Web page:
Approximately 1300 million people are suffering from some form of visual impairment globally. Eight out of ten of these visual disorders are avoidable with treatments extending from simple means of optical correction and cataract surgery to long-term medical therapies. Visual impairment associated with myopia can be due to uncorrected refractive error or underlying myopic maculopathy. Increased incidence of high myopia may lead to secondary ocular pathologies like myopic maculopathy, neovascularization, retinal detachment, cataract and increased risk of glaucoma12,13,14,15,16,17,18. These associated pathologies may lead to irreversible vision loss resulting in a higher prevalence of visual impairment. A recent study2 showed that the prevalence of myopia is highest among the 20 to 39 years age group worldwide, which is predicted to maintain a similar trend at this rate of progression. Some studies also linked the level of education with increased myopia progression19,20.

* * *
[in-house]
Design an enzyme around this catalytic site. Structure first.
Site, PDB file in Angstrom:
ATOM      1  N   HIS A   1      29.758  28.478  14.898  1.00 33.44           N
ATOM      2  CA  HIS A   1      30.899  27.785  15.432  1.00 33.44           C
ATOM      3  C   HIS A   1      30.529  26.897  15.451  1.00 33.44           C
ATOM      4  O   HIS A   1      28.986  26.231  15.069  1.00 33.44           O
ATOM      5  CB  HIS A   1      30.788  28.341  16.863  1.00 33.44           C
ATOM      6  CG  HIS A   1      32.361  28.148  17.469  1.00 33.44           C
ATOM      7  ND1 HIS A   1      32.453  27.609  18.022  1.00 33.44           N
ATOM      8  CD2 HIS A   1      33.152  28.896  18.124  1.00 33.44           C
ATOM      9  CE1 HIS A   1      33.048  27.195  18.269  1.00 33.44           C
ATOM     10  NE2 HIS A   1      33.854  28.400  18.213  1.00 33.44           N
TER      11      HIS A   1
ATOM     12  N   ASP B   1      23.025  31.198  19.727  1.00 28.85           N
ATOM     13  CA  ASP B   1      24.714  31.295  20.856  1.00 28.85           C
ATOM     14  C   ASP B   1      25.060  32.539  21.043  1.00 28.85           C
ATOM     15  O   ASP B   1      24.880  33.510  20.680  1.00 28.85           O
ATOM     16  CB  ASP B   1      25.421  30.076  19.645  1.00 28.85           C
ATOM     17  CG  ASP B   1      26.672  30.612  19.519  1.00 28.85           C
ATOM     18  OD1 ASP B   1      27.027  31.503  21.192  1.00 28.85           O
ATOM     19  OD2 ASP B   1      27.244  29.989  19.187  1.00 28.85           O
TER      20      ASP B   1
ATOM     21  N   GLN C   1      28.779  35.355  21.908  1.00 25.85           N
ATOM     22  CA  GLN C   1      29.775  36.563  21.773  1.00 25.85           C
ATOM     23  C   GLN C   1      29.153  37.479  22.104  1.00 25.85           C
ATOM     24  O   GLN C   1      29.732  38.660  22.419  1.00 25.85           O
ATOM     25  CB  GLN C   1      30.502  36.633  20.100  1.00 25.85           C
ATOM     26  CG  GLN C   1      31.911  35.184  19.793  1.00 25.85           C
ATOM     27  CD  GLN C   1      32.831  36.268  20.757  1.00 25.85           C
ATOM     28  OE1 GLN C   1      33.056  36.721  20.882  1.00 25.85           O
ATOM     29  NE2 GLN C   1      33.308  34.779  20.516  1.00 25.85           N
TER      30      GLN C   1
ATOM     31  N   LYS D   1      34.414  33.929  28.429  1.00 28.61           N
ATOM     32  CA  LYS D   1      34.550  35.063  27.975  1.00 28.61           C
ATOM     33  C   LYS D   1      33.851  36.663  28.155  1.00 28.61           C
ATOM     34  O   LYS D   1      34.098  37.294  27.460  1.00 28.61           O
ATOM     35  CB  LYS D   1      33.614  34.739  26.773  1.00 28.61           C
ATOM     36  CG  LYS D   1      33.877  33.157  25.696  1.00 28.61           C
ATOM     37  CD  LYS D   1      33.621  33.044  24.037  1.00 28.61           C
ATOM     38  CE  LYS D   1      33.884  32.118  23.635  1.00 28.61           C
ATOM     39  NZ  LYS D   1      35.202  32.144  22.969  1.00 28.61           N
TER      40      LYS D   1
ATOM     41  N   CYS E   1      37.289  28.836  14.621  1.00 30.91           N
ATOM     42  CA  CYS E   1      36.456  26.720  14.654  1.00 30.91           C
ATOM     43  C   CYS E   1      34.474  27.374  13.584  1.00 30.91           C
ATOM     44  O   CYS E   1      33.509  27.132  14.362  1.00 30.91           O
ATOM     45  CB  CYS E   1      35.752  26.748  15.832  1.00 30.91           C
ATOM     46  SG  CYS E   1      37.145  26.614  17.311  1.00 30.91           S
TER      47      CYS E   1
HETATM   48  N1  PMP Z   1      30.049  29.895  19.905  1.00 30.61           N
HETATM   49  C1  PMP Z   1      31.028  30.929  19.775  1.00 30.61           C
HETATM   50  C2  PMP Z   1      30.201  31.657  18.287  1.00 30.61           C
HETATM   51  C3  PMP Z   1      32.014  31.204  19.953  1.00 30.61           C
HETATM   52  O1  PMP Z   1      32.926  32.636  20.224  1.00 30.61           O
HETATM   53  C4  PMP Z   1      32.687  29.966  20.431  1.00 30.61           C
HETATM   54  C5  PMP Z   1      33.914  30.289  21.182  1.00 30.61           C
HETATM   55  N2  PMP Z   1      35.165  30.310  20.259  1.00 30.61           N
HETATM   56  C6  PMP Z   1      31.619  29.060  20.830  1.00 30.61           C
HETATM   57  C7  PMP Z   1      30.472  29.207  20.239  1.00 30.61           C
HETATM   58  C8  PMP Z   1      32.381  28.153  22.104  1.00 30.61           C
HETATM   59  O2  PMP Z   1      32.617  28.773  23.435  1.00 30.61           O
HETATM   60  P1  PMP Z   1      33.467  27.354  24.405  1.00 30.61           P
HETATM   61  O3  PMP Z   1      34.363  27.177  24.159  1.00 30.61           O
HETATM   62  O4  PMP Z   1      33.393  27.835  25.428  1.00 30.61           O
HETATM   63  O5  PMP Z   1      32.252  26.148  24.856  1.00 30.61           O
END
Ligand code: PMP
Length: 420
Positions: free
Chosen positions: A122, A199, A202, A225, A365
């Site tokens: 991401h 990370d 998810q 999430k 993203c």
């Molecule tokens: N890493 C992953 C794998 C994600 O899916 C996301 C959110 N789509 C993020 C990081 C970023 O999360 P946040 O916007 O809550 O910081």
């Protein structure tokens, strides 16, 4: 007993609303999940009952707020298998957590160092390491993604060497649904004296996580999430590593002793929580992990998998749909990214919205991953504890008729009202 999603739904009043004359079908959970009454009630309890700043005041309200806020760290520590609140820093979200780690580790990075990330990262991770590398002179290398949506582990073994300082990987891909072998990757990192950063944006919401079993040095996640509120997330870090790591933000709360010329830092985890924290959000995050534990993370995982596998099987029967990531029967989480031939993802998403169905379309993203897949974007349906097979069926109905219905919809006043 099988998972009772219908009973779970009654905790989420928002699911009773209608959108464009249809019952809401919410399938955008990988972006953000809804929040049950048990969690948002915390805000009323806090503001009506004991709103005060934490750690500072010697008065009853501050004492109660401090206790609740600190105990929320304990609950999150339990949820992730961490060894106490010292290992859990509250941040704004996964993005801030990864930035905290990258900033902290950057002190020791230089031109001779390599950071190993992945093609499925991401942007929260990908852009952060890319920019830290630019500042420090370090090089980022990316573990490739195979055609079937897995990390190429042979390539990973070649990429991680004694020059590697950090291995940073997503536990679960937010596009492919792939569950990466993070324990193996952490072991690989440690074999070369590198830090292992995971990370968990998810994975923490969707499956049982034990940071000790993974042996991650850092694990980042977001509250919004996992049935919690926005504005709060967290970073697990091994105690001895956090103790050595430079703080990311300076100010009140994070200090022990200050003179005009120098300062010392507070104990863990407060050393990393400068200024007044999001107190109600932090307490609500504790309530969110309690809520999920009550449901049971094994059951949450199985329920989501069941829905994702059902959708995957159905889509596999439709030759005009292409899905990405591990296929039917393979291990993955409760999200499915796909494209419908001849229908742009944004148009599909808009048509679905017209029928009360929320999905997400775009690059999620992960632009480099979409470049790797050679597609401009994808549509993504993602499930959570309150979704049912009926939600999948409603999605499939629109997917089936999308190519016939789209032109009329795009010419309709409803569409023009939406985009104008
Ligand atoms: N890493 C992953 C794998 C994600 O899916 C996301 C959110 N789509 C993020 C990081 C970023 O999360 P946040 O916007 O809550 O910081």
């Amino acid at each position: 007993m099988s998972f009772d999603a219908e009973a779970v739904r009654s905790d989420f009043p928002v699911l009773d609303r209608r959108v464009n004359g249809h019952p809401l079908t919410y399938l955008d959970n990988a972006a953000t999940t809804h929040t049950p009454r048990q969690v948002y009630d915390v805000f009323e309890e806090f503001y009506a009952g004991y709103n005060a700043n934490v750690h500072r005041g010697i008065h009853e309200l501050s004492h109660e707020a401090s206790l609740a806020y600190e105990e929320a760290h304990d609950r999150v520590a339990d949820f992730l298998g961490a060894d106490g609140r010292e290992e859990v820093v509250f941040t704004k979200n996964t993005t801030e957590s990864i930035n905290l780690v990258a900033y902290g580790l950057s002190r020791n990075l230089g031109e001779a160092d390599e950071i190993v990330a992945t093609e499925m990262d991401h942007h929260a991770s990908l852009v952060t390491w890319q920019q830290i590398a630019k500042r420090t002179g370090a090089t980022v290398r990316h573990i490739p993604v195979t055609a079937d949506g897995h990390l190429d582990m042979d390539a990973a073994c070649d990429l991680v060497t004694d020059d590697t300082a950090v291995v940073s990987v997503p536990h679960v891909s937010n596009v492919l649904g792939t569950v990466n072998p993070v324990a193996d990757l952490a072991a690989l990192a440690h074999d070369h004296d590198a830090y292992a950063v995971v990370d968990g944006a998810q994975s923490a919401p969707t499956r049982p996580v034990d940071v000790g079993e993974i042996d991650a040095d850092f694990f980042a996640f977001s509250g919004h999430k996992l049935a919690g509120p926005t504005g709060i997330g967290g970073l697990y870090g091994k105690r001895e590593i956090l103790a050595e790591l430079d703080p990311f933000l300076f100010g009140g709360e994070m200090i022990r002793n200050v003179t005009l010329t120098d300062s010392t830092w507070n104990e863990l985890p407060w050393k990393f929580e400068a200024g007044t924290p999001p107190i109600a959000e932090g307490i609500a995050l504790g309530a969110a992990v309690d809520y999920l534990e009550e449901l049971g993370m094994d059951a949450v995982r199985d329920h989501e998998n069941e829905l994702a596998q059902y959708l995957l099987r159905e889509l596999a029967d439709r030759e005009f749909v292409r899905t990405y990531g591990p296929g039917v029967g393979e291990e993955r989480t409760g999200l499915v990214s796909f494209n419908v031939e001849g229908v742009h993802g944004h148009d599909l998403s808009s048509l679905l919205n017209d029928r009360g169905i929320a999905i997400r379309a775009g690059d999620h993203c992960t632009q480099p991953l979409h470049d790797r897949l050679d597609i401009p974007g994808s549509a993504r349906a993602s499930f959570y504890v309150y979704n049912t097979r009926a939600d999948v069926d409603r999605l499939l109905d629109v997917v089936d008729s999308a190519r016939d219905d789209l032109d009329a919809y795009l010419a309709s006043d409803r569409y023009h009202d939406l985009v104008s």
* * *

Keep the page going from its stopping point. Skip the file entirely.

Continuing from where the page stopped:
Heritability is static of how well differences in people’s genes account for differences in their phenotypic traits21. Twin studies are considered the most efficient approach to evaluate the heritability of a known phenotype22 and to model its genetic and environmental variance23,24. This model can estimate the variance of a known phenotypic trait, using similarities within monozygotic (MZ) or identical twin pairs compared to dizygotic (DZ) or non-identical twin pairs. Within a classical twin study, using Structural Equation Modelling (SEM), the variance of any phenotypic trait can be decomposed into four latent factors. They are: Additive (A) genetic variance represent the combined individual effects of alleles influencing a phenotype; Dominant (D) or non-additive genetic effects capture the variance due to interactions between genes, including dominance and, possibly, epistasis; Common (C) or shared environmental influences are those that are shared by the twins and act to make them similar to each other; unique or unshared Environment (E) impacts on each individual separately making twins in a pair different (it also includes measurement error). The division of each of these components by the total variance yields the different standardized components of variance, including heritability25.